# English

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I can't be the only one with kids playing Ryzom, trying to make the best of it for their development?
In fact we got started playing to encourage my son to write: He just never had any reason to practice IRL.
For now I'm just happy to see him typing away coordinating with team mates, but I'm starting to see a lot of learning potential beyond basic literacy and numeracy
(and we haven't even left Silan! https://xkcd.com/152/ )

Here are just a few of my initial mini-lesson ideas, if there's any interest I'll keep adding more and report on how they pan out with my kids.
I'd be delighted to hear from others too!
Feel free to share and redistribute, please include a reference to this forum so we'll have a common place for everyone to contribute.

Fractions: You can't see other people's exact HP, just how much is lost relative to their maximum. You can however guess it fairly well by observing what fraction of their health you restore with one heal spell. How many spells would it take you to heal them from 0 HP? Multiply that with the number of HPs you restore at a time (if it scrolls by too fast look at the "sys info" window) and that's roughly their max HP.

Percentages: Try not to start with probability even though that's what is in your face the most. There's speed factor and protections (percentage of damage absorbed) in the Identity window. Try to work through examples they might have heard: 100%, 50%, 0%, 1% (very little) 99% (almost all). Can the percentage be more than 100? Try the speed spell :-) Can it be negative? I could imagine cursed jewellery that doubles magic damage to you, that's -100% damage absorbed.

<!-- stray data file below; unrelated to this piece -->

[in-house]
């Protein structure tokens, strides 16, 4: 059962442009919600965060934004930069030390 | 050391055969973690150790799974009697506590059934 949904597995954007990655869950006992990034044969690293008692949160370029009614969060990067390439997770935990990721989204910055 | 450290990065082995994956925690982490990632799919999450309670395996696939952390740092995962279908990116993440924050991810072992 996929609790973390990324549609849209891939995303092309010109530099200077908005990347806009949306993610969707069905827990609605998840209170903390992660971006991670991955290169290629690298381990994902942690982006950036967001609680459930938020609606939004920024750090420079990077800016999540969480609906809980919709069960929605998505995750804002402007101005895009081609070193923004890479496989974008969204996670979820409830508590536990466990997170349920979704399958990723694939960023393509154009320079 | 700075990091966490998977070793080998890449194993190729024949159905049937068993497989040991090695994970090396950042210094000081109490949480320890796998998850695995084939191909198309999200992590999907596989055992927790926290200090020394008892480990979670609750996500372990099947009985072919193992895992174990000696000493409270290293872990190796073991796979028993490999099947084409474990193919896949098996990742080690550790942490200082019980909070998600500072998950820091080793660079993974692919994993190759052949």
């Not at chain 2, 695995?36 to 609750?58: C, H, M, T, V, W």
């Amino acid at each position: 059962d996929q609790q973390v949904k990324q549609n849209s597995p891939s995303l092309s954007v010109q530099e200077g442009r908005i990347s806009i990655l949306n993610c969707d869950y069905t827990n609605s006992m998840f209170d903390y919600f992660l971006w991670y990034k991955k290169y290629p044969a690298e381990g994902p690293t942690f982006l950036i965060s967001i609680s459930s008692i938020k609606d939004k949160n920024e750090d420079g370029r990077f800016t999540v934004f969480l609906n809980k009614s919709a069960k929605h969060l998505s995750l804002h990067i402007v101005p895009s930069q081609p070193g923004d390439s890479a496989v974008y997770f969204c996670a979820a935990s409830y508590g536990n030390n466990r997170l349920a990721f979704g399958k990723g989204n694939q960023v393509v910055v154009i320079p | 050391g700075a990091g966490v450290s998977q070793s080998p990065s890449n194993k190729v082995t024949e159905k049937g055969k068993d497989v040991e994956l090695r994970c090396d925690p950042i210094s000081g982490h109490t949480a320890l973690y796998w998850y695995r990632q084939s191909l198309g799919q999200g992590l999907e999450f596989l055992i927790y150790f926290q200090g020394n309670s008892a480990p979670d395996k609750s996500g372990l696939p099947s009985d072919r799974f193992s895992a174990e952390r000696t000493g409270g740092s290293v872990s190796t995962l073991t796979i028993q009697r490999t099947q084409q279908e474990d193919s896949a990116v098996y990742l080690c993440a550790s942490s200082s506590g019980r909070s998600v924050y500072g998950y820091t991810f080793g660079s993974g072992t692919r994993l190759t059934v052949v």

Units: There are conventional units of distance and time all over the place, but also game-specific quantities like health, sap and experience with their respective units HP, sap (yes, life is cruel, and language is not run by physicists...) and XP. Some things are the same quantities looked at differently, so they can be measured with the same units: width and length, but also health and damage. Units can be combined for derived units: calculate the DPS (Damage per seconds) of your weapons! Right-click->info provides damage/hits and hits/minutes.

Cardinal directions: The game uses real-life directions and the map is shown North-up. The compass can be set to point to North. Try to print the map, and find your way around without using the in-game map window! You'll notice you'll have to keep track of where you are, and use visual markers visible from a distance like the column of smoke from the camp or the throne room hills.

Distance, speed: You can set a compass target on the map, and see your distance from it. Find a suitably open area and run straight towards your target. Note the time it took and the difference in distance (the distance traveled.) Calculate the speed you run in km/s. Calculate the speed you walk. Try in heavy armor and overburdened backpack.
Try to change the stanzas in an attack spell to minimize casting time and maximize distance. Attack from as far as you can. Can you land two hits on a fat bodoc before it covers the distance? Three? How about a nimble Yubo? What does that tell you about their speeds?

Angles: Not directly visualized, but prospection has an angle you can increase as you level up. How many times do you have to prospect to cover the full circle around yourself with 90 degree prospection? 45 degrees? 1?
Sounds great! Welcome to Atyss :))

Wonder what milage there is in introducing crafting skills - different mats produce different stats - some tell me it is about maths ...

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Binarabi
This idea of "I'm offended". Well I've got news for you. I'm offended by a lot of things too. Where do I send my list? Life is offensive. You know what I mean? Just get in touch with your outer adult. (Bill Hicks)
Welcome to you and your son!

I'm not a parent or teacher, but reading this post made me happy. It's great to see kids to learn useful and interesting stuff and having fun with it too!